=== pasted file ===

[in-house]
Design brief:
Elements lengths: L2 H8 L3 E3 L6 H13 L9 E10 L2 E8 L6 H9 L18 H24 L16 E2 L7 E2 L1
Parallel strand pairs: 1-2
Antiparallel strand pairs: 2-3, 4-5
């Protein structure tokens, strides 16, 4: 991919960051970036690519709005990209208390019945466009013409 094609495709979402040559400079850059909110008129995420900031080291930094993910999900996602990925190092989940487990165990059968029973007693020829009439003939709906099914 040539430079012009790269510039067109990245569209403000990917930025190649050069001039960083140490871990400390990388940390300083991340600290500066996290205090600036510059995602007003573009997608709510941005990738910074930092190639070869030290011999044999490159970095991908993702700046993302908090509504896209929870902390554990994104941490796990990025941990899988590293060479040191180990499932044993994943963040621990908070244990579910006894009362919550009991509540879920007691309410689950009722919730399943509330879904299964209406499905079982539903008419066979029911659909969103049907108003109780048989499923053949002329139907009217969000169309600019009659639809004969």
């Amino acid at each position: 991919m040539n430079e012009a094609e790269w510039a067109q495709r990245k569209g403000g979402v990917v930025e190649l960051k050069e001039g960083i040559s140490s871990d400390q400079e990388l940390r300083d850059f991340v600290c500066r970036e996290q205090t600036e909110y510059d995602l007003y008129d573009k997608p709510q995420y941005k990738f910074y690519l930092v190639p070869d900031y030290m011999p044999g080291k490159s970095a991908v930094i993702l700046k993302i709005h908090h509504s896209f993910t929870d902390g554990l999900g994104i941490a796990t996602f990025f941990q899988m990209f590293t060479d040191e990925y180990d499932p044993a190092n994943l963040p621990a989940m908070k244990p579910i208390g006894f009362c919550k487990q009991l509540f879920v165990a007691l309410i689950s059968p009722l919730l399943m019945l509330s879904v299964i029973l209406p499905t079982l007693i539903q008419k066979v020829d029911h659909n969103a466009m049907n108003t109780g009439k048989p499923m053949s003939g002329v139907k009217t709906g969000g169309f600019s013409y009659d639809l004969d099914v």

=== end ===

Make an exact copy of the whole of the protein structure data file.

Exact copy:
[in-house]
Design brief:
Elements lengths: L2 H8 L3 E3 L6 H13 L9 E10 L2 E8 L6 H9 L18 H24 L16 E2 L7 E2 L1
Parallel strand pairs: 1-2
Antiparallel strand pairs: 2-3, 4-5
């Protein structure tokens, strides 16, 4: 991919960051970036690519709005990209208390019945466009013409 094609495709979402040559400079850059909110008129995420900031080291930094993910999900996602990925190092989940487990165990059968029973007693020829009439003939709906099914 040539430079012009790269510039067109990245569209403000990917930025190649050069001039960083140490871990400390990388940390300083991340600290500066996290205090600036510059995602007003573009997608709510941005990738910074930092190639070869030290011999044999490159970095991908993702700046993302908090509504896209929870902390554990994104941490796990990025941990899988590293060479040191180990499932044993994943963040621990908070244990579910006894009362919550009991509540879920007691309410689950009722919730399943509330879904299964209406499905079982539903008419066979029911659909969103049907108003109780048989499923053949002329139907009217969000169309600019009659639809004969």
């Amino acid at each position: 991919m040539n430079e012009a094609e790269w510039a067109q495709r990245k569209g403000g979402v990917v930025e190649l960051k050069e001039g960083i040559s140490s871990d400390q400079e990388l940390r300083d850059f991340v600290c500066r970036e996290q205090t600036e909110y510059d995602l007003y008129d573009k997608p709510q995420y941005k990738f910074y690519l930092v190639p070869d900031y030290m011999p044999g080291k490159s970095a991908v930094i993702l700046k993302i709005h908090h509504s896209f993910t929870d902390g554990l999900g994104i941490a796990t996602f990025f941990q899988m990209f590293t060479d040191e990925y180990d499932p044993a190092n994943l963040p621990a989940m908070k244990p579910i208390g006894f009362c919550k487990q009991l509540f879920v165990a007691l309410i689950s059968p009722l919730l399943m019945l509330s879904v299964i029973l209406p499905t079982l007693i539903q008419k066979v020829d029911h659909n969103a466009m049907n108003t109780g009439k048989p499923m053949s003939g002329v139907k009217t709906g969000g169309f600019s013409y009659d639809l004969d099914v």